Lagos, Nigeria | – An indigenous Nigerian company, Hydrodive Nigeria Limited, has dragged Addax Petroleum Exploration Nigeria Limited before a Federal High Court in Lagos over award of oil well contract to a foreign firm in contravention of the Nigerian Oil and Gas Industry Content Development Act.
The contract, which is the OML 126 Okwori well swaps projects named Ok-32, OK-33 and OK-34, was said to have been awarded to Ranger Offshore Incorporated, a diving company registered under the laws of United States of America.
The plaintiff (Hydrodive) is said to be involved in broad range of marine vessels, air mixed gas and saturation diving services primarily to the offshore and inshore petroleum industry of the West African region.
Legal counsels representing Hydrodive Olumayowa Owolabi of Pistis Partners LP, alleged that the said Ranger Offshore hurriedly incorporated a company in Nigeria named Rangers Subsea Nigeria Limited, to serve as the vehicle for the execution of the contract.
The companies (Ranger Offshore and Rangers Subsea) were named as third and fourth defendants to the suit, while Addax Petroleum, Kaztec Engineering Limited and the Nigerian Content Development and Monitoring Board were named as first, second and fifth defendants.
The plaintiff is seeking an order declaring the purported award of the contract to the foreign firm as illegal, null and void on account of the fact that it was done in violation of the Nigerian Oil and Gas Industry Content Development Act and the Coastal and Inland Shipping (Cabotage) Act of 2003.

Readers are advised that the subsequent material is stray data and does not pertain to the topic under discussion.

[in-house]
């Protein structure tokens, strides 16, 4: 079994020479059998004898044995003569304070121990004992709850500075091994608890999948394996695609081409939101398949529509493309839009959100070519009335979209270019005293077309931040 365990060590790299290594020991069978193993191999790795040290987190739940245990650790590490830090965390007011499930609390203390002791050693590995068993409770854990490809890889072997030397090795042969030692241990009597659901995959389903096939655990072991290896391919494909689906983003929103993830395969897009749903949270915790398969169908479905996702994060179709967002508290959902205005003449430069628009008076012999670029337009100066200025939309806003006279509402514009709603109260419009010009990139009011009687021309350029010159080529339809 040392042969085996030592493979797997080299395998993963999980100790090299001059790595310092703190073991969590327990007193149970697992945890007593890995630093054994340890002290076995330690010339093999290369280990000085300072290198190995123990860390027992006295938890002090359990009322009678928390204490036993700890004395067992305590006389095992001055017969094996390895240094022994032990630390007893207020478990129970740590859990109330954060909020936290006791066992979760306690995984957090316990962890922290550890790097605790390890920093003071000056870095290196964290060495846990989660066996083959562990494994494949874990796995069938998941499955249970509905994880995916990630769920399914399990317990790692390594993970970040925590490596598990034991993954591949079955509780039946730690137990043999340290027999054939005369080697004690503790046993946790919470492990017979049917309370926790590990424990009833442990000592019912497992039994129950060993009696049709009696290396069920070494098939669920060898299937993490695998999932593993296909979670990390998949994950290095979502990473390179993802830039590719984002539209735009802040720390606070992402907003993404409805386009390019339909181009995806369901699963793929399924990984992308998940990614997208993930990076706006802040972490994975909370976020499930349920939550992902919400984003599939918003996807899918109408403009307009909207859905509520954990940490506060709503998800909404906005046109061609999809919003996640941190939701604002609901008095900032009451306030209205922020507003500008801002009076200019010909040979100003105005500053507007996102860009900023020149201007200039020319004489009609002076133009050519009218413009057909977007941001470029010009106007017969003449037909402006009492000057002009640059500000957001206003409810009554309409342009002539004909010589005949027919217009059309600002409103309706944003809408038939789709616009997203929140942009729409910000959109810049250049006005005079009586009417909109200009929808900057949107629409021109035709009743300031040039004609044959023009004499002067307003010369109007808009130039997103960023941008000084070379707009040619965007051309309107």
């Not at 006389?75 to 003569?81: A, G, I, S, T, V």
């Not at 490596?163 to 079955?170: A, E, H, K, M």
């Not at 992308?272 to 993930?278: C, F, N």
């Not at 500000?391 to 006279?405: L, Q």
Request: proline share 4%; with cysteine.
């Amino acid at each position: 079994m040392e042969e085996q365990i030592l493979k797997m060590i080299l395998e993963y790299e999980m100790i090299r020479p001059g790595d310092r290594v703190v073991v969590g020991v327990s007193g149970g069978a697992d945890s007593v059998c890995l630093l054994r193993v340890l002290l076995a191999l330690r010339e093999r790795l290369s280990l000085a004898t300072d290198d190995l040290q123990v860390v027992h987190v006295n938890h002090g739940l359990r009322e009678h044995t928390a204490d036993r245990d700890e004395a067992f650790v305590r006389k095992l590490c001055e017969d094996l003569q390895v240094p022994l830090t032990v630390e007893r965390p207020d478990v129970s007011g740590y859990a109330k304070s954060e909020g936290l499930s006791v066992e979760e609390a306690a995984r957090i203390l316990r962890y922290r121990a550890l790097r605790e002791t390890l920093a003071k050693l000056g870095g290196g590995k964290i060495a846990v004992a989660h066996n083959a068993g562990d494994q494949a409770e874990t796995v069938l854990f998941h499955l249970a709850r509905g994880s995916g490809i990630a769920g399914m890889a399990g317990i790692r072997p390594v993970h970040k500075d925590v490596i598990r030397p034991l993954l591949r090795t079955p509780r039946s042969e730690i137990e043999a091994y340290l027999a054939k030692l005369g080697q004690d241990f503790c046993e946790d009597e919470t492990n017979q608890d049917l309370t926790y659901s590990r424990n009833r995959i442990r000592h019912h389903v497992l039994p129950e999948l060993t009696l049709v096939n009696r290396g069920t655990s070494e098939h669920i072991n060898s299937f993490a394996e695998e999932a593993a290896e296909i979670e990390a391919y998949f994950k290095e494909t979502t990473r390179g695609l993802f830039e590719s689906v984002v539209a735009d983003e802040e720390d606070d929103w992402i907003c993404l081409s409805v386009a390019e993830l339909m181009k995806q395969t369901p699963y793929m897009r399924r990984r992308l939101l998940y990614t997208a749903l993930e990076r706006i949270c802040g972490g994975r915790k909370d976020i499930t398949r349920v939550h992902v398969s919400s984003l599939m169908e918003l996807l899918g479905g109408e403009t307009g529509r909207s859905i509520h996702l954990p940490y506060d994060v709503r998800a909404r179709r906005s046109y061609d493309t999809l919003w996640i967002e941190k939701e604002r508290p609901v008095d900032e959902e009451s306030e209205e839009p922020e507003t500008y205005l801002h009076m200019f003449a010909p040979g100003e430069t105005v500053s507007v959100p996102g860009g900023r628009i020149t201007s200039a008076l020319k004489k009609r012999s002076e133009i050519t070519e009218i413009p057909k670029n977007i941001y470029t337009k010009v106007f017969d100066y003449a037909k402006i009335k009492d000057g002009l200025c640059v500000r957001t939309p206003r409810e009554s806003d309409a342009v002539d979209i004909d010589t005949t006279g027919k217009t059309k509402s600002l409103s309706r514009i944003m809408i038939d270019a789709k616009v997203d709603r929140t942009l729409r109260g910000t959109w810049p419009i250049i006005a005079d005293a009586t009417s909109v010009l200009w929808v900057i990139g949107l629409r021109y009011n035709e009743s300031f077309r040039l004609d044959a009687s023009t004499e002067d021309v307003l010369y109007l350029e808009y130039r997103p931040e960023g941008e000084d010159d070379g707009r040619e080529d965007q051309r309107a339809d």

Hydrodive also wants the court to restrain Ranger Offshore and Rangers Subsea, whether by themselves, directors, officers, representatives, associates, affiliates, agents, subsidiary, companies, alliance partners or entities controlled by them from executing the said oil well contract.
The plaintiff is also asking the court to direct the Nigerian Content Development and Monitoring Board to cancel the contract, and another order directing the defendants to pay the cost of the suit.
Meanwhile, Justice Okon Abang has set the matter for hearing on September 10, 2014 on the preliminary objection filed by the defendants challenging the jurisdiction of the court to entertain the matter.
The defendants, in their objections, are insisting that the plaintiff lacked the locus standi to file the case and that there was no cause of action to sustain the suit.
Justice Abang had earlier warned the defendants not to go ahead with the contract until the matter is determined as a mark of respect for the decision of the court.